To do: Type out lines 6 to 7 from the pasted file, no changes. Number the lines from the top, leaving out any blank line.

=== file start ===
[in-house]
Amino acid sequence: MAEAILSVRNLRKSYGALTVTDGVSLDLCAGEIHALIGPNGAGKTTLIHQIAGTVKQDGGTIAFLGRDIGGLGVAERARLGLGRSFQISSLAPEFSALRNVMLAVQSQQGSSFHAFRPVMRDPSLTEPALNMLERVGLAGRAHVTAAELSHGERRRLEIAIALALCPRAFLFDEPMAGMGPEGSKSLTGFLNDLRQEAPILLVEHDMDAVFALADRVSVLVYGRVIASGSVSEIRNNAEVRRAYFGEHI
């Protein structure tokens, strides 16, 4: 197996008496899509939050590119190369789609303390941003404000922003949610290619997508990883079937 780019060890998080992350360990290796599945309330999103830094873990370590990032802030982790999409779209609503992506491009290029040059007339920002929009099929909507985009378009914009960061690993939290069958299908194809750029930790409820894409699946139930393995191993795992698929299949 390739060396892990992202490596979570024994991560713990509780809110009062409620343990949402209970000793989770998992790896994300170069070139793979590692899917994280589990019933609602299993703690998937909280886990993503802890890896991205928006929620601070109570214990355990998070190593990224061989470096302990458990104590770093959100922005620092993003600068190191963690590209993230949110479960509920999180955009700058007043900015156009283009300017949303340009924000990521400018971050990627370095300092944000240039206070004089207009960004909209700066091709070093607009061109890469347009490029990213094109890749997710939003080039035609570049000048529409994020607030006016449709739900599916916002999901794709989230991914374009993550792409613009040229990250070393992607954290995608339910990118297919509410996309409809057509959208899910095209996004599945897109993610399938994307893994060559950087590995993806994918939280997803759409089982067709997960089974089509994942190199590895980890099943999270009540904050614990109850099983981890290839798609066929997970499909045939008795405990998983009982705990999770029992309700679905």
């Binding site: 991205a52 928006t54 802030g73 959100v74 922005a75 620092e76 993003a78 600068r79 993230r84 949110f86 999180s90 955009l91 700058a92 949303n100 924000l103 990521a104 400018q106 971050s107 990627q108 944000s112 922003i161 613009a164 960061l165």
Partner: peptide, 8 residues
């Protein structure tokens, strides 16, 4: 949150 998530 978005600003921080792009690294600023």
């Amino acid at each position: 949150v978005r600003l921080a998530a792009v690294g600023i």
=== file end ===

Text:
């Protein structure tokens, strides 16, 4: 949150 998530 978005600003921080792009690294600023």
């Amino acid at each position: 949150v978005r600003l921080a998530a792009v690294g600023i």